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All We Hear Is Radio Ga-Ga: Is Anyone Really Listening When It Comes To NYC Schools?

October 24, 2019

This article was originally posted on New York School Talk.

Last week, I wrote about The Surprising Integration Skeptics of NYC (It’s Not Who You Think). As one mom on the Lower East Side advised, “Integration activists need to touch base with people they are trying to help” when it comes to proposed school rezoning and mergers.

This week, we’re headed uptown for a hearing in Harlem about the KIPP charter school network opening an “intentionally integrated” middle school in District 3 for September 2020 to see whether the Department of Education (DOE) would listen to the members of this community.

KIPP had previously wanted to launch a 5th through 8th grade program, similar to The Center School, which is also located on the Upper West Side. However, after consulting with over 200 families as well as various elementary school principals who were worried about the funding they’d lose, KIPP opted to amend their plans and begin in 6th grade.

According to Jeff Li, Co-Founder and Teacher at KIPP NYC, “[b]ecause the change from a 5th grade to a 6th grade entry point requires a material revision to our charter, a hearing was requested by our authorizer (SUNY) and set up by the NYCDOE in order to hear public comment on the proposal.”

Among those attending the October 7 hearing were Kimberly Watkins and Kristen E. Berger, President and First Vice President of Community Education Council 3.

They were the first to stand up and make public comments, as dictated by the agenda. They read the names of the elected leaders who had signed letters of opposition to KIPP’s expansion. It should be noted that none of those leaders who signed letters of opposition nor their staff showed up to hear their constituents.

They spoke about the almost 800 people who signed the CEC’s petition against KIPP’s expansion. (I broke down that petition, point by point, here.)

Ms. Watkins asserted that KIPP’s arrival in the neighborhood “will render harm” to the “government ordered voluntary desegregation” efforts of District 3.

It would specifically harm a school like Wadleigh Secondary School for the Performing Arts where, as I wrote almost exactly a year ago, “not one student passed either the state math or English Language Arts (ELA) tests in 2015, 2016, or 2017….Wadleigh was set to be closed in 2012, but parents and community leaders protested. It was added to the Renewal program in 2014, but, as with the majority of schools in that program, no progress was made.”

Ms. Berger conceded that “we have more middle schools than we probably need for our population…. If someone is out there appealing to more students, enrollment drops, and funding dries up with it. It is unfair to allow a school to atrophy. It is unfair to not step in when we can.”

They both categorically stated, “We condemn endorsing the placement of this school in District 3.”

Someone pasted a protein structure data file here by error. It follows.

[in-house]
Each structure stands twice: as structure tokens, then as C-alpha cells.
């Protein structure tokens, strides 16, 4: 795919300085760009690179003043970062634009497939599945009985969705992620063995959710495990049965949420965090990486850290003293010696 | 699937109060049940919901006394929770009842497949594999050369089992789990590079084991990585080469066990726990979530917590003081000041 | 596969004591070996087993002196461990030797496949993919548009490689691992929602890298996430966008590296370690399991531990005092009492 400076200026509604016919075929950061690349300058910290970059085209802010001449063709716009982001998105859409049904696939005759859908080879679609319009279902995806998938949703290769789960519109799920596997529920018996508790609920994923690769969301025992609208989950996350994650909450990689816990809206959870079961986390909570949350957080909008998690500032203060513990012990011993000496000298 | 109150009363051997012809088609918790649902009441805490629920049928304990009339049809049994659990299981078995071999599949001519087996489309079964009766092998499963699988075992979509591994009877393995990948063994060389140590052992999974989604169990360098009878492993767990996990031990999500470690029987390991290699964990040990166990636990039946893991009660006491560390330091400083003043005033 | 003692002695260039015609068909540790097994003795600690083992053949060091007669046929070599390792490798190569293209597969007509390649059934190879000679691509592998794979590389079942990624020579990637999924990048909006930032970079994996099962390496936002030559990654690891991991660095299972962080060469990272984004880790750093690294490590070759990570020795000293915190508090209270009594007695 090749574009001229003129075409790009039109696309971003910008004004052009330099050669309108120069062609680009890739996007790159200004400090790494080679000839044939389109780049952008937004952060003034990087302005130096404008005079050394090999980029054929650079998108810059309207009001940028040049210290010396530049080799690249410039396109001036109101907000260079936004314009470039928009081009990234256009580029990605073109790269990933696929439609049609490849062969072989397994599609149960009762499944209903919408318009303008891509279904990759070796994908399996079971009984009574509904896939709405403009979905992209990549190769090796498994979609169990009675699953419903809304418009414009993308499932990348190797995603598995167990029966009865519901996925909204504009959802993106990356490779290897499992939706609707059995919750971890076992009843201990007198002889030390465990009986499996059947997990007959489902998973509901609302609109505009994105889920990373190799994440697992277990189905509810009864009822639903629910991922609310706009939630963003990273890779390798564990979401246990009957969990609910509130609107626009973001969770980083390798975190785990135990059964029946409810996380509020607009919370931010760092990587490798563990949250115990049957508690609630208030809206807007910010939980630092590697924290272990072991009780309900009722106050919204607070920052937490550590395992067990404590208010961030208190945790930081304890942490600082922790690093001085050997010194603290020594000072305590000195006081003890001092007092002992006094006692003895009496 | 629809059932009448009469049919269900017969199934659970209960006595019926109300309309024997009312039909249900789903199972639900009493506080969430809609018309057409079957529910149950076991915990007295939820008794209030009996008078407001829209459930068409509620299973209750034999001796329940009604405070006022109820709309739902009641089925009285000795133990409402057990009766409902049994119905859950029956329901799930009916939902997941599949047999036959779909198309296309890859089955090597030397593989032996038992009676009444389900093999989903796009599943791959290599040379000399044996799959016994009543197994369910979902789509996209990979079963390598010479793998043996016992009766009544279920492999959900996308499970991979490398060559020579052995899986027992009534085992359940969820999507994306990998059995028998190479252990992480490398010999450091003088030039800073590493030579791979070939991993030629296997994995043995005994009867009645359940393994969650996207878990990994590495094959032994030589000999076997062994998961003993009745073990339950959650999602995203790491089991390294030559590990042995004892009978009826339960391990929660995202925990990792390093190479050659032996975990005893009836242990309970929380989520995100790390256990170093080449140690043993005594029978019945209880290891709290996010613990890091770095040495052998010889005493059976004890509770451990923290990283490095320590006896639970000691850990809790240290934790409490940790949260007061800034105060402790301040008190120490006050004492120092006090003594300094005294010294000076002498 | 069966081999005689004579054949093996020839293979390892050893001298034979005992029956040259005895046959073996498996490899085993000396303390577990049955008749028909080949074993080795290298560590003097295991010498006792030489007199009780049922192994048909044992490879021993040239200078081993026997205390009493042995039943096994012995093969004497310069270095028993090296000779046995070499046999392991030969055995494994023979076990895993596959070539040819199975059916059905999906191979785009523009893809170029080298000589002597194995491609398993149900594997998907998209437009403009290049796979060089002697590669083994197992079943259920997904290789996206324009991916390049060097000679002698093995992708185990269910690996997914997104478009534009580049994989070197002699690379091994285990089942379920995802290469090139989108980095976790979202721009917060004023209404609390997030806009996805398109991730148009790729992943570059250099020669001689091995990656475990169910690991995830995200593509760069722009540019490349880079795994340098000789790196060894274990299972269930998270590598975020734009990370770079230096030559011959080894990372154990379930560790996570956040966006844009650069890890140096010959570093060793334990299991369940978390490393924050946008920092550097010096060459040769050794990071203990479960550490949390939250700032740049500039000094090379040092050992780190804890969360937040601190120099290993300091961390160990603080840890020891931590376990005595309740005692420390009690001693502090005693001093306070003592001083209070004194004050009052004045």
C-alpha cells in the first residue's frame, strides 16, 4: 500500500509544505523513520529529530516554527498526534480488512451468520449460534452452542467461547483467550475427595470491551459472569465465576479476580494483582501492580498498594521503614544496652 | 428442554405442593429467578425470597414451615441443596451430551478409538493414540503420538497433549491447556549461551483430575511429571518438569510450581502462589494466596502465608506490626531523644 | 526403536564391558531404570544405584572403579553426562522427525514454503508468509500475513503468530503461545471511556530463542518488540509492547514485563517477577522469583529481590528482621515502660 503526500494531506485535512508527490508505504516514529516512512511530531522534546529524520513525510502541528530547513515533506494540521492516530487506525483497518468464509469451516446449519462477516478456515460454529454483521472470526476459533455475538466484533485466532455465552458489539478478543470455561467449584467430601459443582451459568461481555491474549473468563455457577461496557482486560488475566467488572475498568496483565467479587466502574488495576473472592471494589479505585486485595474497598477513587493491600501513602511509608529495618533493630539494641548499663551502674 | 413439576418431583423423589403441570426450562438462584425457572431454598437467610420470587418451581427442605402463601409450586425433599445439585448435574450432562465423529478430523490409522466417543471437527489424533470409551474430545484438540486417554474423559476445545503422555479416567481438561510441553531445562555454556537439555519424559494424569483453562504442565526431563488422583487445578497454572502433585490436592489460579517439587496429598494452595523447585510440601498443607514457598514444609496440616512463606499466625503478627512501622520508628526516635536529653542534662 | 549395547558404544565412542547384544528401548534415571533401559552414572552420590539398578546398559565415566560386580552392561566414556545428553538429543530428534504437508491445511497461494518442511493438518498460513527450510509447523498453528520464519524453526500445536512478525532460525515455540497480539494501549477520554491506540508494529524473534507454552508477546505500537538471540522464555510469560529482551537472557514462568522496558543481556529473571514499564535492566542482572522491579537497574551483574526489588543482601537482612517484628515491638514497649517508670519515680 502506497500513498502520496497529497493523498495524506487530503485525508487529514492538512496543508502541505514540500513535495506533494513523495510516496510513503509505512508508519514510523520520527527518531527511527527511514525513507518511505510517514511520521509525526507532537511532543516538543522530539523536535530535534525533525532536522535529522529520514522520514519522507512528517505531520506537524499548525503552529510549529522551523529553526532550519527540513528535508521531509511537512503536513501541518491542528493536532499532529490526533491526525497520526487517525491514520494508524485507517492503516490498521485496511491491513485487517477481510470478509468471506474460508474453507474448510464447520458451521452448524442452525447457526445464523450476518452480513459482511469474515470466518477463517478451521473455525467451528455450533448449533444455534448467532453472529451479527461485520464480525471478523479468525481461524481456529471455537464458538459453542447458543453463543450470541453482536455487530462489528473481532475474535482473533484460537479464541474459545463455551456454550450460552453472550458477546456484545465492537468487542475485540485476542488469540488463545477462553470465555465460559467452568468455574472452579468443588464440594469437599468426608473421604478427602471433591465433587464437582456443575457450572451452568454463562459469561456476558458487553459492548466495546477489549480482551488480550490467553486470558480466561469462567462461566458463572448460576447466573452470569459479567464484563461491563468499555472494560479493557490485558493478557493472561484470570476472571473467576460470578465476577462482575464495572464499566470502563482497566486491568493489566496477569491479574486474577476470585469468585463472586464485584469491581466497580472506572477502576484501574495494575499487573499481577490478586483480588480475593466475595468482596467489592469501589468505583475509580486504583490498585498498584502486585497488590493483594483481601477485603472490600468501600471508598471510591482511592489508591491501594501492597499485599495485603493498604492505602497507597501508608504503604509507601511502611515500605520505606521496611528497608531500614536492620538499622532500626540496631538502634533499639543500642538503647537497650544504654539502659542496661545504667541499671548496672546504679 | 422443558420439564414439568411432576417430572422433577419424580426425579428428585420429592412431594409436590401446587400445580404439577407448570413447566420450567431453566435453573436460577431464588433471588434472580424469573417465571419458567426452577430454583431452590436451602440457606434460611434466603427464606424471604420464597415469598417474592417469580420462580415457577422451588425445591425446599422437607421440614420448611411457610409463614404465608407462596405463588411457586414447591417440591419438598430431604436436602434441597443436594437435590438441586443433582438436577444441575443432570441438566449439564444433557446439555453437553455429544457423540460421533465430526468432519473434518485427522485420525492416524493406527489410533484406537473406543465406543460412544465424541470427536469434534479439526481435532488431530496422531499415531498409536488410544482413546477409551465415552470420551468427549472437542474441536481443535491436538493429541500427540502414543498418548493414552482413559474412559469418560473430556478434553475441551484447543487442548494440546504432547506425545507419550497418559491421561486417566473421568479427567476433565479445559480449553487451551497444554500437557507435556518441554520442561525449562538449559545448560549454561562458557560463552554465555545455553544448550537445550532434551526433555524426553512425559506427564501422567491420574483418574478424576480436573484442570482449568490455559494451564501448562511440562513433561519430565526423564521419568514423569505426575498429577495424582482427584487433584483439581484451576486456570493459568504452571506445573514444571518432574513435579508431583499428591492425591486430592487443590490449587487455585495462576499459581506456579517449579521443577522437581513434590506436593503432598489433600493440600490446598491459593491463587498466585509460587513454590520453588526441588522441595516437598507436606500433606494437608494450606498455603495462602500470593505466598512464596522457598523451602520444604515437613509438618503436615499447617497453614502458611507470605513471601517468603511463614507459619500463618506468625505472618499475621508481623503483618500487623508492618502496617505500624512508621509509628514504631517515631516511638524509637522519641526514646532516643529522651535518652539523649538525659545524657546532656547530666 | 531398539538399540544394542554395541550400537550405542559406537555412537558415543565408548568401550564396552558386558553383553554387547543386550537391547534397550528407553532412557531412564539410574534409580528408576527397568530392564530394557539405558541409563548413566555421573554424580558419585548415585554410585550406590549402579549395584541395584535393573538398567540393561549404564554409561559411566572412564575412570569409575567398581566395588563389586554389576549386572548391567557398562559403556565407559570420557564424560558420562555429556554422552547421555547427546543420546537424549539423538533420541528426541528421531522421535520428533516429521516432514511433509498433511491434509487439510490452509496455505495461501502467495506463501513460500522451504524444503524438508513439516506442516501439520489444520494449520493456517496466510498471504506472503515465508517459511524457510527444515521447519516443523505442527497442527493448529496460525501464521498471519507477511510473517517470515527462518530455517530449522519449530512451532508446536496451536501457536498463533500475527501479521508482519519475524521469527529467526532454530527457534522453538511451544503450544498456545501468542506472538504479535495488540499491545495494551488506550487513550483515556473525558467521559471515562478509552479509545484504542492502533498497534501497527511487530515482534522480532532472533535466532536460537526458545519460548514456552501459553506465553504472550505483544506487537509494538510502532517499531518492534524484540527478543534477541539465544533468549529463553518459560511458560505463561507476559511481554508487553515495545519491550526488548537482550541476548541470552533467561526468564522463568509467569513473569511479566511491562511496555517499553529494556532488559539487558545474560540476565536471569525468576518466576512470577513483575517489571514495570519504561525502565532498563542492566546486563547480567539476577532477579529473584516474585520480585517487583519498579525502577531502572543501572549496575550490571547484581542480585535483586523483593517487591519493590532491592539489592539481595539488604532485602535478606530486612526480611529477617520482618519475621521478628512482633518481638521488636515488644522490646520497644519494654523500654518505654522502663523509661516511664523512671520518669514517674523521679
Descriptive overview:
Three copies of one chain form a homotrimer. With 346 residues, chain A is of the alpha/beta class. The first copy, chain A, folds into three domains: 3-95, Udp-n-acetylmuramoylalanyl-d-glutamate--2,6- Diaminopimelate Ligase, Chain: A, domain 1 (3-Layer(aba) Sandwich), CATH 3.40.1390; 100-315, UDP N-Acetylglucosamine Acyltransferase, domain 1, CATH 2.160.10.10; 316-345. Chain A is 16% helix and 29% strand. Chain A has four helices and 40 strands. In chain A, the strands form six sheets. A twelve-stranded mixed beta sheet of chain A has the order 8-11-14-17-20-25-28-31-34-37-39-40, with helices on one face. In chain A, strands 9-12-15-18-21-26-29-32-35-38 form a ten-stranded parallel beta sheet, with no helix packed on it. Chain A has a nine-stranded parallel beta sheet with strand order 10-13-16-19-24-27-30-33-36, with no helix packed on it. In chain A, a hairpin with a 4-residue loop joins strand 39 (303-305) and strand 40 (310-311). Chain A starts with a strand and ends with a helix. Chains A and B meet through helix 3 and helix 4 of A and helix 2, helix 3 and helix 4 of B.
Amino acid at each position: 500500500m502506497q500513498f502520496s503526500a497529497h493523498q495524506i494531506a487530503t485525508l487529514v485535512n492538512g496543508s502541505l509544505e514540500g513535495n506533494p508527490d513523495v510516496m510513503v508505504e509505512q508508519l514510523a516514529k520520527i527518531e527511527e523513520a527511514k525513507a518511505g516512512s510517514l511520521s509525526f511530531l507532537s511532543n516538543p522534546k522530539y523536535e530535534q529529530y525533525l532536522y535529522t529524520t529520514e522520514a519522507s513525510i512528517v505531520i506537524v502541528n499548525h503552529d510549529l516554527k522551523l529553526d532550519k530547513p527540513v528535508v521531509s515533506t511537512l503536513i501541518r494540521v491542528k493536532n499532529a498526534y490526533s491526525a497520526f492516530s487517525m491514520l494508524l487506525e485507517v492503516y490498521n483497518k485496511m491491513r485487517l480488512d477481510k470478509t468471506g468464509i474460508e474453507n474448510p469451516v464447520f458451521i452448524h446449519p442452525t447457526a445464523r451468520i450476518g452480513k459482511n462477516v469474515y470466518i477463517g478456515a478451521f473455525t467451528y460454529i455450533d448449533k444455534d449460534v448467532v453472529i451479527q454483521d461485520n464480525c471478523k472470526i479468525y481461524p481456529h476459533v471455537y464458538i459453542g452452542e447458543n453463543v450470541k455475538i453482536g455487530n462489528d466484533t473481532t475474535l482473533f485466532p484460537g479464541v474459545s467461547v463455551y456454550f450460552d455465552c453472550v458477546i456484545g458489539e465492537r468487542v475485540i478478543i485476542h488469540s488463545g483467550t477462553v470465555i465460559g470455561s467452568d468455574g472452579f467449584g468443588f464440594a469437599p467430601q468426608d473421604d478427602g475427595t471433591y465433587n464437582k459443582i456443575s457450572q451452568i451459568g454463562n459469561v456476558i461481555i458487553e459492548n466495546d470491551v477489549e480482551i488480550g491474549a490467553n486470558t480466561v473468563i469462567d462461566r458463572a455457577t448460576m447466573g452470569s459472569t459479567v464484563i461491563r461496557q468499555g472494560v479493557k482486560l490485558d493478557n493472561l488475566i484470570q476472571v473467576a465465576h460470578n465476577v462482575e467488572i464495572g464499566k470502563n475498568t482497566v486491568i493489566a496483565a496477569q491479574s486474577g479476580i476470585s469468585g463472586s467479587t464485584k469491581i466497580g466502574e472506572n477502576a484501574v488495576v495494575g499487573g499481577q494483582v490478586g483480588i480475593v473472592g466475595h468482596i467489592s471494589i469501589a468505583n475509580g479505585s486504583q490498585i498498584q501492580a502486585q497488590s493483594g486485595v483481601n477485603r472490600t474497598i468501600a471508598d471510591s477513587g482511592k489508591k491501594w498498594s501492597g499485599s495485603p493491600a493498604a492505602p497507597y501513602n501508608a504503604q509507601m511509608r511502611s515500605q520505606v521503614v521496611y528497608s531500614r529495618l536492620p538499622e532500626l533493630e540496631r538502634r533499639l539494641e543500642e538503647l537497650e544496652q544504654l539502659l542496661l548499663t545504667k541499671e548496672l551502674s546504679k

And then, as described by Joe Negron, KIPP Beyond’s Principal, “Right after their remarks, they left the building.  Within their comments, they asked us to be patient with the various initiatives they are undertaking as they continue to gather feedback from the community. And then they left… before listening to feedback from the community.  We were disappointed that they did not stay because they could have seen and heard the incredible support for KIPP Beyond we are hearing from such a diverse group of community members, families, and educators.”

“If the people in District 3 are upset, I say then do it better, and do it now,” offered one young African-American woman.

An African-American dad and K-8 charter school principal agreed, “If you can do it better than us, go do it.”

While a mother with two children currently in District 3 middle schools accused, “They don’t have a plan (for integration). They don’t know what to do with the low-scoring kids who got into these ‘great’ schools, and now they have no support. Do you know how they’re supporting my daughter? They’re not returning my calls. They have no plan!”

No community members spoke against the school.

It’s not only disappointing but also ironic that Ms. Watkins and Ms. Berger left.

Because on the day after the KIPP hearing, in reference to the School Diversity Advisory Group’s recommendation to get rid of Gifted & Talented programs, West Side Rag published the following (all bolding mine): 

Kim Watkins, President of the Community Education Council for District 3, said she worried about unilateral decisions being made in a city as big as New York.

She said that District 3 is already working on its own diversity plan and is concerned about whether districts would “continue to be encouraged to develop and execute their own plans or whether mayoral control would be executed without parent feedback and involvement.”

“I think checks and balances and engagement with constituencies is really important even if it makes it ugly. The process needs to bring out the voice of the people,” she said.

She also said that while her primary commitment was to ensure that all zone schools in her district could educate students properly, there are many parents who aren’t satisfied with their zoned schools based on attendance, grades, and test scores and want an alternative.

“The gifted and talented program in District 3 is a big deal – for a lot of parents and not just those escaping a zone school,” she said.

We suspect the folks who came out to Harlem to discuss KIPP’s middle school are very sorry that Ms. Watkins feels unheard on an issue so important to so many members of the District 3 community.

And that they can relate.

Alina Adams is the author of "Getting Into NYC Kindergarten" and "Getting Into NYC High-School." For her books, videos, blogs and more on navigating the NYC school system, visit:

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